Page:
'I feel like she has a loaded gun to her head, 24/7' - Paul Devlin opens up on perspective and regrets over his exit from Sheffield United

Before he moves on to discussing his successes and regrets during his time at Sheffield United, Paul Devlin makes a heartbreaking admission.

Sunday, 31st May 2020, 10:00 am
Updated Monday, 1st June 2020, 1:24 pm
Robert Page of Watford tussles with Paul Devlin of Sheffield United: Tom Shaw/ALLSPORT

"I feel like Annie walks around with a loaded gun to her head," Devlin says. "It might not go off for 70 years, or it could go off in two minutes. You just don't know."

Annie is Devlin's daughter and suffers from Addison's Disease, a rare condition that means she cannot produce certain hormones and illness, injury or even stress could prove fatal. Addison's has no cure and in 2017, Annie suffered an adrenal crisis.

"Basically, her whole body shut down," Devlin remembers. "We had 24 hours in A&E, not thinking she was going to survive, and then a week in intensive care while she recovered.

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Paul Devlin of Sheffield United holds back Lee Clark of Fulham: Michael Steele/ALLSPORT

"Hopefully Annie doesn't feel the same worry I do. If my other kids are on the trampoline and bang their head, they might get a bruise. It could be fatal for Annie. Sally and I worry, as you can imagine, but we try and get on with it.

"You can't wrap kids up in cotton wool because life is stressful. We just have to be careful and hope that she manages it as well as we can now, when she gets older."

Like many others, Annie's situation has been complicated by the coronavirus pandemic - she is considered 'high-risk' - and the Covid-19 crisis has also hit Devlin's fundraising efforts, to raise a pot of money in case further treatment for Addison's ever becomes available. Kevin McCabe, the former United owner who was Blades chairman during Devlin's time in the Steel City, is one of those to have made a significant donation to Annie's fund.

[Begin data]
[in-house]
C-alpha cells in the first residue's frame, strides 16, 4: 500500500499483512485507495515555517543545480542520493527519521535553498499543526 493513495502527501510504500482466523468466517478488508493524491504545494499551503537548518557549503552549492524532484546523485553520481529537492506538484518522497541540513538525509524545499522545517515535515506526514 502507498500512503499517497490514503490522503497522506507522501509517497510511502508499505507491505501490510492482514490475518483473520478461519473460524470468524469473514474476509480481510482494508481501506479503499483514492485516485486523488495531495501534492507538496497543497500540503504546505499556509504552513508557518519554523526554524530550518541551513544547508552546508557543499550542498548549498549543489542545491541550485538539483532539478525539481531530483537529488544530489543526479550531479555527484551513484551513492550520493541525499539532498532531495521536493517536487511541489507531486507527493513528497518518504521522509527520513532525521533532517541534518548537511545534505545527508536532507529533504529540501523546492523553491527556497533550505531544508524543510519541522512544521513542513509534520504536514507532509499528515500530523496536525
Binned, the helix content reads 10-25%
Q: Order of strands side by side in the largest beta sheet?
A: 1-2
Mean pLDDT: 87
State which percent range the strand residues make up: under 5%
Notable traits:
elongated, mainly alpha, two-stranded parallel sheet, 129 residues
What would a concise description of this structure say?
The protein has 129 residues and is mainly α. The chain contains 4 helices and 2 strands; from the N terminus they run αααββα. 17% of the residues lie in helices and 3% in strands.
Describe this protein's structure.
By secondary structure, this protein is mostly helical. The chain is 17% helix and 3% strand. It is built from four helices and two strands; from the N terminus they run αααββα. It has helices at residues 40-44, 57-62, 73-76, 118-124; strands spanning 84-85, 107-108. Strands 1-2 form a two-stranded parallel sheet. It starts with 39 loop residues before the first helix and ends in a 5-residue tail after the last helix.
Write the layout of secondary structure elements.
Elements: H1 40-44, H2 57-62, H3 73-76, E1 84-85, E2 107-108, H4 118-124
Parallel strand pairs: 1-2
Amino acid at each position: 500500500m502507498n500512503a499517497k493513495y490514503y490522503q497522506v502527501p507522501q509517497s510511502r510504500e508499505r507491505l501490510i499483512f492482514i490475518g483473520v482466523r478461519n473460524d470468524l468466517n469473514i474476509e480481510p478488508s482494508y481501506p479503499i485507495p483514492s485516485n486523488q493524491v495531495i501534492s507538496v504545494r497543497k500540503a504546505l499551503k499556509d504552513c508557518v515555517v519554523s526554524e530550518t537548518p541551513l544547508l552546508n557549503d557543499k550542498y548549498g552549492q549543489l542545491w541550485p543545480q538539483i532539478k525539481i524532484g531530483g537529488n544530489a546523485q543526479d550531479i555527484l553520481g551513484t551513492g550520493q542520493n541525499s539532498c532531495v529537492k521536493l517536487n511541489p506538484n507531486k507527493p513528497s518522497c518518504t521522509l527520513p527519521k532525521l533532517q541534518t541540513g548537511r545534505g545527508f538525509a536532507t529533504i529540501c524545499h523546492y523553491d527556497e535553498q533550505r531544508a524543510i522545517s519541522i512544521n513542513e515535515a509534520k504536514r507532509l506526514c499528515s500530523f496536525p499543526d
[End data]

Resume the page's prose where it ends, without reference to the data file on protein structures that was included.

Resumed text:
Devlin is humbled by such support, with fans of all his former clubs rallying around to raise almost £15,000 on a JustGiving page at the time of writing. The Brummie is more commonly associated with his hometown club of Birmingham City, where he had three spells and helped them into the Premier League. But over his long professional career, he played more games for United than any other club and only this week, the Blades' social media team shared a clip of him scoring a screamer against Blackburn as their 'game of the day'.

Paul Devlin and his daughter, Annie

"I finished 15 years ago, not just the other day, and it's brilliant to see that people still remember me and appreciate the job I did," Devlin said. "My son's godfather is a Blade and I still have a good connection with the club, especially with an old pal of mine in charge now and doing such a good job.

"It's great to see the clips and photos... some of them I haven't ever seen before. It's a good job I don't see as many videos of my red cards and misses, though, because there were enough of those!"

He isn't exaggerating. David Kelly once joked with him that Devlin was the only winger to kick lumps out of his full-back, rather than the other way around. Devlin explains the 'red mist', to use his own words, as a combination of factors - including his dad's Glasgow roots, and his own route into the game.